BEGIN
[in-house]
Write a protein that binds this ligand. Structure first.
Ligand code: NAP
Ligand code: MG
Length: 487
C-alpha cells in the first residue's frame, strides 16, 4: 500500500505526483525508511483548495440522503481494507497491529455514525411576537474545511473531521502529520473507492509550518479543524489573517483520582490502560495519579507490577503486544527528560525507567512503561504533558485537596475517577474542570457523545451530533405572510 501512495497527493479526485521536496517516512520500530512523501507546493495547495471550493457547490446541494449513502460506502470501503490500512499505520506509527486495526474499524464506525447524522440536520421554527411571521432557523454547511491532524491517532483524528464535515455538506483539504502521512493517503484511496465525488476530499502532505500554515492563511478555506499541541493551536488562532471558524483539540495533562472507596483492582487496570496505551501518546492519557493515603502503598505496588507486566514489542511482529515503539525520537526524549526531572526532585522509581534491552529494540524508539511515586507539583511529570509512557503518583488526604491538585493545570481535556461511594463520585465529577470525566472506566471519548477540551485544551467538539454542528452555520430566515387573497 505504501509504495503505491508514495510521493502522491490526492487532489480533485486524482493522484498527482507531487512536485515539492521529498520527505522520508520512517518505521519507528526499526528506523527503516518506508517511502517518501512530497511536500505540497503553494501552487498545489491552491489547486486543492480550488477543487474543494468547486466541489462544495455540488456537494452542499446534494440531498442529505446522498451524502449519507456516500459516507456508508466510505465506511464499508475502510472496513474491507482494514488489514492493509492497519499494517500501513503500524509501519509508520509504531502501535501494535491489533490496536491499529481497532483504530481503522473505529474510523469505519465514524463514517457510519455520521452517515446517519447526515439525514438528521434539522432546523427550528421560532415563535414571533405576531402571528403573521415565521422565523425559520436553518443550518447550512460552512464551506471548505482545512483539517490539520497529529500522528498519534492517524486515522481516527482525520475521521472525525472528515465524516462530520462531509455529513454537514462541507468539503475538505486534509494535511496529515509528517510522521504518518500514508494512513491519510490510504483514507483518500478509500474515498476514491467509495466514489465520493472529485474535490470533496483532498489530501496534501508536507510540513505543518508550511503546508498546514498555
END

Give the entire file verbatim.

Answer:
[in-house]
Write a protein that binds this ligand. Structure first.
Ligand code: NAP
Ligand code: MG
Length: 487
C-alpha cells in the first residue's frame, strides 16, 4: 500500500505526483525508511483548495440522503481494507497491529455514525411576537474545511473531521502529520473507492509550518479543524489573517483520582490502560495519579507490577503486544527528560525507567512503561504533558485537596475517577474542570457523545451530533405572510 501512495497527493479526485521536496517516512520500530512523501507546493495547495471550493457547490446541494449513502460506502470501503490500512499505520506509527486495526474499524464506525447524522440536520421554527411571521432557523454547511491532524491517532483524528464535515455538506483539504502521512493517503484511496465525488476530499502532505500554515492563511478555506499541541493551536488562532471558524483539540495533562472507596483492582487496570496505551501518546492519557493515603502503598505496588507486566514489542511482529515503539525520537526524549526531572526532585522509581534491552529494540524508539511515586507539583511529570509512557503518583488526604491538585493545570481535556461511594463520585465529577470525566472506566471519548477540551485544551467538539454542528452555520430566515387573497 505504501509504495503505491508514495510521493502522491490526492487532489480533485486524482493522484498527482507531487512536485515539492521529498520527505522520508520512517518505521519507528526499526528506523527503516518506508517511502517518501512530497511536500505540497503553494501552487498545489491552491489547486486543492480550488477543487474543494468547486466541489462544495455540488456537494452542499446534494440531498442529505446522498451524502449519507456516500459516507456508508466510505465506511464499508475502510472496513474491507482494514488489514492493509492497519499494517500501513503500524509501519509508520509504531502501535501494535491489533490496536491499529481497532483504530481503522473505529474510523469505519465514524463514517457510519455520521452517515446517519447526515439525514438528521434539522432546523427550528421560532415563535414571533405576531402571528403573521415565521422565523425559520436553518443550518447550512460552512464551506471548505482545512483539517490539520497529529500522528498519534492517524486515522481516527482525520475521521472525525472528515465524516462530520462531509455529513454537514462541507468539503475538505486534509494535511496529515509528517510522521504518518500514508494512513491519510490510504483514507483518500478509500474515498476514491467509495466514489465520493472529485474535490470533496483532498489530501496534501508536507510540513505543518508550511503546508498546514498555